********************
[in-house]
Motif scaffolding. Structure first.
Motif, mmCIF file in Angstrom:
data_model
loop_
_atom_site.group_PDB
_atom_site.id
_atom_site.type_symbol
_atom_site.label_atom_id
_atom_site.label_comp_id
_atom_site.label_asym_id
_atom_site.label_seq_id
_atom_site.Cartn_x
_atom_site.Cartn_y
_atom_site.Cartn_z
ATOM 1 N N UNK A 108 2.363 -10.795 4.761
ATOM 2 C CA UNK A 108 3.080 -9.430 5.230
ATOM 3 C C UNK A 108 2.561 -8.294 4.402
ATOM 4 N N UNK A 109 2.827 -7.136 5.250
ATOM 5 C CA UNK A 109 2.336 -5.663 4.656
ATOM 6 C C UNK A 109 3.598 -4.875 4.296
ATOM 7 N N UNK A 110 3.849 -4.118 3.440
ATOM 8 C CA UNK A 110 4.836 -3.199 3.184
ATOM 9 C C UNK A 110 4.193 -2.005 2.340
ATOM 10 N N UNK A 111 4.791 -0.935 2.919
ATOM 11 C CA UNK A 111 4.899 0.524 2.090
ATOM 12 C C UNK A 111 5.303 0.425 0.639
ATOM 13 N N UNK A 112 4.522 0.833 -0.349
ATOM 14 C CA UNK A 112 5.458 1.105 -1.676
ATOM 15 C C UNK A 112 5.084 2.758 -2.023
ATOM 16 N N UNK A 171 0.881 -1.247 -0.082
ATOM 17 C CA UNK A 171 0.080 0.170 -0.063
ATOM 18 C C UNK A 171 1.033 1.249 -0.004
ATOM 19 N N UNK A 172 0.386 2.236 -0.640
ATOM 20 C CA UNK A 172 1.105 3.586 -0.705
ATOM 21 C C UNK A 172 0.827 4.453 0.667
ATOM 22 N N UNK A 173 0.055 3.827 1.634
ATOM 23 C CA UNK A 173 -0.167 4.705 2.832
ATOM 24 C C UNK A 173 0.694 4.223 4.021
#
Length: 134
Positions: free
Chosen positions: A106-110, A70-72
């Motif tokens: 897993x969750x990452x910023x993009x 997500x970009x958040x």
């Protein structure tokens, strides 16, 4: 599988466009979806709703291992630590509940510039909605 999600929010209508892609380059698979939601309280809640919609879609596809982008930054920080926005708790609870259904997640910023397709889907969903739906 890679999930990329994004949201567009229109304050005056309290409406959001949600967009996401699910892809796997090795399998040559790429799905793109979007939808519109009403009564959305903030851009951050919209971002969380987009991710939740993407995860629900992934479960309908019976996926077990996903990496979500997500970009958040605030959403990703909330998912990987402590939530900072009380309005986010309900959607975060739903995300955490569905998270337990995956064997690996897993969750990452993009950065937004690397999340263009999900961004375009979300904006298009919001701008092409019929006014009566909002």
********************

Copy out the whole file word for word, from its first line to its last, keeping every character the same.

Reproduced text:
[in-house]
Motif scaffolding. Structure first.
Motif, mmCIF file in Angstrom:
data_model
loop_
_atom_site.group_PDB
_atom_site.id
_atom_site.type_symbol
_atom_site.label_atom_id
_atom_site.label_comp_id
_atom_site.label_asym_id
_atom_site.label_seq_id
_atom_site.Cartn_x
_atom_site.Cartn_y
_atom_site.Cartn_z
ATOM 1 N N UNK A 108 2.363 -10.795 4.761
ATOM 2 C CA UNK A 108 3.080 -9.430 5.230
ATOM 3 C C UNK A 108 2.561 -8.294 4.402
ATOM 4 N N UNK A 109 2.827 -7.136 5.250
ATOM 5 C CA UNK A 109 2.336 -5.663 4.656
ATOM 6 C C UNK A 109 3.598 -4.875 4.296
ATOM 7 N N UNK A 110 3.849 -4.118 3.440
ATOM 8 C CA UNK A 110 4.836 -3.199 3.184
ATOM 9 C C UNK A 110 4.193 -2.005 2.340
ATOM 10 N N UNK A 111 4.791 -0.935 2.919
ATOM 11 C CA UNK A 111 4.899 0.524 2.090
ATOM 12 C C UNK A 111 5.303 0.425 0.639
ATOM 13 N N UNK A 112 4.522 0.833 -0.349
ATOM 14 C CA UNK A 112 5.458 1.105 -1.676
ATOM 15 C C UNK A 112 5.084 2.758 -2.023
ATOM 16 N N UNK A 171 0.881 -1.247 -0.082
ATOM 17 C CA UNK A 171 0.080 0.170 -0.063
ATOM 18 C C UNK A 171 1.033 1.249 -0.004
ATOM 19 N N UNK A 172 0.386 2.236 -0.640
ATOM 20 C CA UNK A 172 1.105 3.586 -0.705
ATOM 21 C C UNK A 172 0.827 4.453 0.667
ATOM 22 N N UNK A 173 0.055 3.827 1.634
ATOM 23 C CA UNK A 173 -0.167 4.705 2.832
ATOM 24 C C UNK A 173 0.694 4.223 4.021
#
Length: 134
Positions: free
Chosen positions: A106-110, A70-72
């Motif tokens: 897993x969750x990452x910023x993009x 997500x970009x958040x």
């Protein structure tokens, strides 16, 4: 599988466009979806709703291992630590509940510039909605 999600929010209508892609380059698979939601309280809640919609879609596809982008930054920080926005708790609870259904997640910023397709889907969903739906 890679999930990329994004949201567009229109304050005056309290409406959001949600967009996401699910892809796997090795399998040559790429799905793109979007939808519109009403009564959305903030851009951050919209971002969380987009991710939740993407995860629900992934479960309908019976996926077990996903990496979500997500970009958040605030959403990703909330998912990987402590939530900072009380309005986010309900959607975060739903995300955490569905998270337990995956064997690996897993969750990452993009950065937004690397999340263009999900961004375009979300904006298009919001701008092409019929006014009566909002």